Agony is a Survival Horror game, currently reaching the end of a Kickstarter campaign, in which the player takes a “trip into madness” within the bowels of Hell. It’s an intense, graphic, gory title that has generated a lot of hype and discussion – partly because of its extreme imagery – during the Kickstarter campaign, and I was excited that PlayWay decided to give us a sneak peek into this world of fire and brimstone. Agony promises to show “the most terrifying vision of Hell in gaming history” and the team has already generated more than double the funds required for the Kickstarter campaign to be a success. This review is based on an early alpha demo of Agony, so elements are subject to change, and a lot of content is still pending implementation.
Welcome to Hell
Agony is a first-person title that puts gamers in the role of a tormented soul deep within the depths of Hell, who has no memory of their past. Still, given that this character can possess demons and control other lost souls that it encounters along the way, there’s certainly a variety of tools in place to ensure its survival. Floors made of bone, hallways that look like opened mouths full of teeth, and other strange, disembodied scenes make up the landscape of the world. Although the amount of playable areas in the demo is limited, it certainly painted a vivid image of what Agony offers for an immersive, disturbing world to explore.
Agony comes with a graphic images warning, which is well merited; in one scene, I stumbled upon a large demon using twisted, deformed babies as mortar between blocks as it repaired or built a new wall. Other trapped souls rock back and forth, naked, hitting themselves in the head or otherwise groaning in distress. Unfortunately, there’s no dialog in place within the demo at this time, so Agony currently relies on exploration and deduction to figure out the plot. I’m eager to see if the conversations between the lost souls are as disturbing as they stand to be – I imagine many will be tragic, demented creatures, lost in Hell for one reason or another.
The Mechanics of a Tortured Soul
Agony will be a multiple-platform release, but the controls for PC are very intuitive based on the demo. You can crouch, sprint, and hide with simple button clicks – scooping up torches, and tossing them away, is also a simple feat. One really interesting feature is the breath dynamic; players can hold Alt to suck in a breath of air and hold it, in an attempt to hide from demons. The screen fades and your view slightly narrows, but I would have liked to have a bar that gave me a better indicator of when my character would breathe again. It’s a critical element, because even when you duck down low into a pile of bodies to hide from an enemy, your breathing can still give you away.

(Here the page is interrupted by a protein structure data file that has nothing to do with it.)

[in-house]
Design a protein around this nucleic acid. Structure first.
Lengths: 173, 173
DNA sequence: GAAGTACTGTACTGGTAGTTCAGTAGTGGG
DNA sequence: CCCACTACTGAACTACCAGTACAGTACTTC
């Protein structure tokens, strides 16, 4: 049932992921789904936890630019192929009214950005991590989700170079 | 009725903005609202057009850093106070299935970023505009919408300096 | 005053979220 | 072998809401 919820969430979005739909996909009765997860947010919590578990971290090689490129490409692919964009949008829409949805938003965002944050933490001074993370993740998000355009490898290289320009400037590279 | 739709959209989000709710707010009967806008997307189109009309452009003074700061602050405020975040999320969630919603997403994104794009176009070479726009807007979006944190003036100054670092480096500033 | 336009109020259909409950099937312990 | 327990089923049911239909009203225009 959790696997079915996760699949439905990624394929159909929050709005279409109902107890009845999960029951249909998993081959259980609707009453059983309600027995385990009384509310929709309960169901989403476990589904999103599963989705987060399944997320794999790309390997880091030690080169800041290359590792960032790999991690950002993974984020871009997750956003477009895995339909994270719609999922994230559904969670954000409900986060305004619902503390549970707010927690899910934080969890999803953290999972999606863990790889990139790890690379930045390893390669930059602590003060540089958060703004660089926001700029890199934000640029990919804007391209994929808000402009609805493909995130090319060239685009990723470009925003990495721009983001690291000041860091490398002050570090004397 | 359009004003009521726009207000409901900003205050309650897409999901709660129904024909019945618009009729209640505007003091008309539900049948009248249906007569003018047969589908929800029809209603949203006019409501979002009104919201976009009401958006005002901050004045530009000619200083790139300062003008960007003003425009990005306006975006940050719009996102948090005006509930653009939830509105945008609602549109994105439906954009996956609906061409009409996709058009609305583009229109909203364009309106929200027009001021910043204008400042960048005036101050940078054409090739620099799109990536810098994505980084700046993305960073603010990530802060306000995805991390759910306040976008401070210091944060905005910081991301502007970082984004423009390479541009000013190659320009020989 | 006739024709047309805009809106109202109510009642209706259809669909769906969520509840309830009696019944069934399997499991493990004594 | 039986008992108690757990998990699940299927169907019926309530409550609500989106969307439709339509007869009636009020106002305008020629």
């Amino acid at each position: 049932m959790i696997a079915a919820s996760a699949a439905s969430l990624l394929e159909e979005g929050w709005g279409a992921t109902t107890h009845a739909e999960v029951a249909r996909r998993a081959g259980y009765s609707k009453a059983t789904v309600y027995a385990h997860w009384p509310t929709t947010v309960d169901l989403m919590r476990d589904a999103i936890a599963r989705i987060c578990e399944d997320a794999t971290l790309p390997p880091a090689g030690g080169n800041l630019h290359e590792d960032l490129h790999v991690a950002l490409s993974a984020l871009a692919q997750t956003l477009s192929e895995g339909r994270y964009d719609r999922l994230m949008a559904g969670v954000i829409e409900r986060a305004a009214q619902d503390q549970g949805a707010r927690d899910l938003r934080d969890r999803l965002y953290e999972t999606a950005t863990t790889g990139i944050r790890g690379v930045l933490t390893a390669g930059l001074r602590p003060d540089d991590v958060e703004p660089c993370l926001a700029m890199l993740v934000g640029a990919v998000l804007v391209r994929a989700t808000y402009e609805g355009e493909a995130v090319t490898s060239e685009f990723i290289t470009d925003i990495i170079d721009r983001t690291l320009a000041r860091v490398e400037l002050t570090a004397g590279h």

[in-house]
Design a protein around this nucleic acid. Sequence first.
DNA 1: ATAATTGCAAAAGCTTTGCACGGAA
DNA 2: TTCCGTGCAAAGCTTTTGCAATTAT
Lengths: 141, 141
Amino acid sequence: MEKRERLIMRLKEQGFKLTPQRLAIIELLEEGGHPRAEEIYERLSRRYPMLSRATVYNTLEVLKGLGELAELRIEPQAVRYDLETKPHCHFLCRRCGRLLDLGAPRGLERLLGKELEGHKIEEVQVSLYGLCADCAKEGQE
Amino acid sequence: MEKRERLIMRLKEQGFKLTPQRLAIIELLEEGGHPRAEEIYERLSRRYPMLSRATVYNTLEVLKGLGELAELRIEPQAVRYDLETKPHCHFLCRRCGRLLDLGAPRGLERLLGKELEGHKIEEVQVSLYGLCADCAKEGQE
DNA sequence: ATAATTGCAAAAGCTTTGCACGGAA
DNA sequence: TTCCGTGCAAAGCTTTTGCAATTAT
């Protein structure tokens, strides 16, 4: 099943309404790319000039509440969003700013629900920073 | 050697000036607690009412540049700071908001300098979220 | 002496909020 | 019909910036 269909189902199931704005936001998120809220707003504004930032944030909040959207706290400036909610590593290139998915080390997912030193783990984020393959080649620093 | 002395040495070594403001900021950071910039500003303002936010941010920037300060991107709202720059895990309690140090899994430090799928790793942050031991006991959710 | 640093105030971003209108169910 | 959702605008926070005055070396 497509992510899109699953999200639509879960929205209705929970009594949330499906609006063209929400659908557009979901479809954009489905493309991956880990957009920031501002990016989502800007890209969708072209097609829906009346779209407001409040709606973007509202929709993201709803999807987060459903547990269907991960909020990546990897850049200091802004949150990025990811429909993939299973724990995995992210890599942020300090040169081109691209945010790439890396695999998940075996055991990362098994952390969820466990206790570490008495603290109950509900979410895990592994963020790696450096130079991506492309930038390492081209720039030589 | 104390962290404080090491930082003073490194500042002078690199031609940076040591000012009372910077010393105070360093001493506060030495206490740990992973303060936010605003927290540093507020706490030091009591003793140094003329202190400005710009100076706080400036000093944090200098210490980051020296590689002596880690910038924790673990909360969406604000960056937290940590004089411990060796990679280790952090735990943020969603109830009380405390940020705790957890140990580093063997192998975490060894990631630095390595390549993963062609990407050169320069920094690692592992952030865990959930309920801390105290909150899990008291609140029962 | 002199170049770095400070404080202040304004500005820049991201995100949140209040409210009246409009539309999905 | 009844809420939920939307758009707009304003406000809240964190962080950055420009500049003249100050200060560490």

You can “attack” with right mouse button, but in the demo the only weapon I found was a torch against locusts’ swarms. But the Kickstarter information outlines attacking and battling enemies – in fact, with the $175,000 pledge level achieved, “Boss Fights” have been unlocked for the game. Players will now “learn how to beat invincible enemies by using their strengths as their weapon.” It’s certainly an interesting dynamic, and one that I look forward to exploring.
As a huge fan of the Survival Horror genre, I was stoked to get my hands on the Agony demo. I had heard murmurings that this title is extreme in terms of gore and troubling images, but honestly it wasn’t much worse – at current – than what I have seen in other titles visiting Hell and demonic realms. There’s some nudity, lots of gore, and disturbing-looking demons, so it’s definitely not a title for the faint of heart. Still, the graphics are impressive and the sounds are top-notch; hearing bones crack underfoot, and bodies tumble to the ground nearby, certainly increases the immersion. There’s cries of anguish, and growls from deeper in the level, not to mention the panicked breathing of the person the character currently inhabits.
I would have liked to see some dialog available for the Demo, at least for a tiny taste of what players can expect in that aspect. Still, Agony has done a great job thus far of making a version of Hell that is complex, unsettling, or even outright disturbing, so I have no doubt that the implementation of dialog with NPCs will further hone those effects, even if the overall story arc were to end up lacking. I dare to say that Agony isn’t a title most people will pick up for its intriguing plot anyway, and it definitely delivers on what it promises thus far: Demons, Hell, gore, and a desperate fight for survival. I look forward to seeing what the creative minds at Madmind Studio accomplish before Agony releases in its final version.